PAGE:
Sunday, September 15, 2013

Greff Fabrics Blues, 1971 (ii)

With nothing happening much anymore politically in New York City in terms of a New Left Movement by August 1971, working collectively as part of some radical aboveground anti-imperialist political collective no longer seemed like an option for me. In late August 1971 I heard some vague news that George Jackson had been killed in prison in California. Prior to August 1971, his case and imprisonment had seemed more of an issue that California radicals and West Coast radicals responded to and too far away for radicals on the East Coast to get involved in. But the fact that prison authorities felt they could get away with assassinating George Jackson in late August 1971 reinforced my feeling that the New Left Movement for radical change--or at least its aboveground component--no longer posed any kind of immediate revolutionary political threat to either the Nixon regime or the U.S. white corporate power structure.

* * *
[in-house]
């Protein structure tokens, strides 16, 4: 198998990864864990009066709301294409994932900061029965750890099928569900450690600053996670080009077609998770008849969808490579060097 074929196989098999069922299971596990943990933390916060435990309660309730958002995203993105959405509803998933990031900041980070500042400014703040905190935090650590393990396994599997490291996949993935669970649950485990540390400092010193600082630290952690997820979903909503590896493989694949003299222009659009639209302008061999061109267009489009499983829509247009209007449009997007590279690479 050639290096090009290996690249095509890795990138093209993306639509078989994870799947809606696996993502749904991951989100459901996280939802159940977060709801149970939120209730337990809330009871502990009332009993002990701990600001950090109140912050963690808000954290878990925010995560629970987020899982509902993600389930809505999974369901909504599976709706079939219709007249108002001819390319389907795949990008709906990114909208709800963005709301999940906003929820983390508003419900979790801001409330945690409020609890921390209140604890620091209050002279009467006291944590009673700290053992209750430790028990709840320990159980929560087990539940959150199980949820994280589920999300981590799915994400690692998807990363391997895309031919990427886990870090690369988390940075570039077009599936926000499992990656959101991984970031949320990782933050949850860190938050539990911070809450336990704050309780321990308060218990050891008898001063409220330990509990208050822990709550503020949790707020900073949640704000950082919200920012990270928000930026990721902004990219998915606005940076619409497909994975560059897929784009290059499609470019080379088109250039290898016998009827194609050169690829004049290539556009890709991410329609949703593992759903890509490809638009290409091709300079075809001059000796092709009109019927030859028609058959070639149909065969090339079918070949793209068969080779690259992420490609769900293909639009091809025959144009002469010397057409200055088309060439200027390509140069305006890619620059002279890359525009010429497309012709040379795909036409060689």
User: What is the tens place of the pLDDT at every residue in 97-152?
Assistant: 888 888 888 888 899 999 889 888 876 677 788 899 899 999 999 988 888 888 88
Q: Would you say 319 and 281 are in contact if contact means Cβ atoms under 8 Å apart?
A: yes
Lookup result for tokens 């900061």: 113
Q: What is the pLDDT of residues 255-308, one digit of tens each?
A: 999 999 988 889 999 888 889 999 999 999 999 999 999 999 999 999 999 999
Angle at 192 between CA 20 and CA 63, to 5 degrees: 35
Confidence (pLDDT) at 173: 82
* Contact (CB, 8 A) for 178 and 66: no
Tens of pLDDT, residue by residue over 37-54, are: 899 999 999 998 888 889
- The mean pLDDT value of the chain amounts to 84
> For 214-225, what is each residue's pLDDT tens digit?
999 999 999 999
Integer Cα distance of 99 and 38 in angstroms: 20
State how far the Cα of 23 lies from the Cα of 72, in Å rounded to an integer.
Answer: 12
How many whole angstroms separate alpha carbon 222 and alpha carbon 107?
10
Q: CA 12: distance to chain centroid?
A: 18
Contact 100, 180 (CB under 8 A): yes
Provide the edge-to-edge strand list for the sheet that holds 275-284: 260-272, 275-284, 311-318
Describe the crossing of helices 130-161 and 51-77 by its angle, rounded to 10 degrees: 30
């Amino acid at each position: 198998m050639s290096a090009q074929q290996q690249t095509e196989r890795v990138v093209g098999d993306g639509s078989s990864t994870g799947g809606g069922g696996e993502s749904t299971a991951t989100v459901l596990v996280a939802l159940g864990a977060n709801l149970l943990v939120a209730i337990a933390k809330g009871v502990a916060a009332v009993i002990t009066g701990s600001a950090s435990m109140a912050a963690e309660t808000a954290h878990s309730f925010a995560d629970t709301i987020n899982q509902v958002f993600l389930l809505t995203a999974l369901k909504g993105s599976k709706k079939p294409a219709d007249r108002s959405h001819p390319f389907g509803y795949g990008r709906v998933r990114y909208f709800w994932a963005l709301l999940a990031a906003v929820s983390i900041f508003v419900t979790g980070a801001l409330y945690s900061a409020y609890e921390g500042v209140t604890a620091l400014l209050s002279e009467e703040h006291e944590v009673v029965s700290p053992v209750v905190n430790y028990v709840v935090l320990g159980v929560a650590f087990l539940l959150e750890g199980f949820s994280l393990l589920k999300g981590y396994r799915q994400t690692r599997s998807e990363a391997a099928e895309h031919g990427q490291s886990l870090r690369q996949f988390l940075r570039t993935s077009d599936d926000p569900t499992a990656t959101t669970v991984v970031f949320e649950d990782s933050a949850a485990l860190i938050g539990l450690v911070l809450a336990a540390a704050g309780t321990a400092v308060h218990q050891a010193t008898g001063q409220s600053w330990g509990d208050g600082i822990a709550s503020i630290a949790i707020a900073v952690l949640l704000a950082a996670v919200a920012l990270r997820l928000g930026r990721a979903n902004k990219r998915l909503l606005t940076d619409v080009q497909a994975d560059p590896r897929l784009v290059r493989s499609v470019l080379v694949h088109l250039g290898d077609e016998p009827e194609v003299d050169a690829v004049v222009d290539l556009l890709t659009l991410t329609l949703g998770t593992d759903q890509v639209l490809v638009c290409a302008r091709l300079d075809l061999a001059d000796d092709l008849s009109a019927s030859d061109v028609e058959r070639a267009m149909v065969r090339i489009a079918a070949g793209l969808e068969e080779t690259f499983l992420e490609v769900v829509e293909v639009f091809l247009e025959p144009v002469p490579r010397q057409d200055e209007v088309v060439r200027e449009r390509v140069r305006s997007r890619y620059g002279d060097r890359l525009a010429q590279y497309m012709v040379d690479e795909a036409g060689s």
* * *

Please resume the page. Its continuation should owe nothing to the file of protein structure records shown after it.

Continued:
So during the last 4 months of 1971 I was more into just writing prose and writing folk love songs and protest folk songs than into any kind of either individual or collective radical political activism. Most people around me in the New York City area still seemed politically brainwashed or manipulated by the U.S. mass media; and the only way I felt I was able to respond to what I regarded as the low political consciousness of nearly all the people around me was to try to raise their consciousness in small ways via writing prose or folk songs, despite not having any outlet for either my prose or my protest folk songs.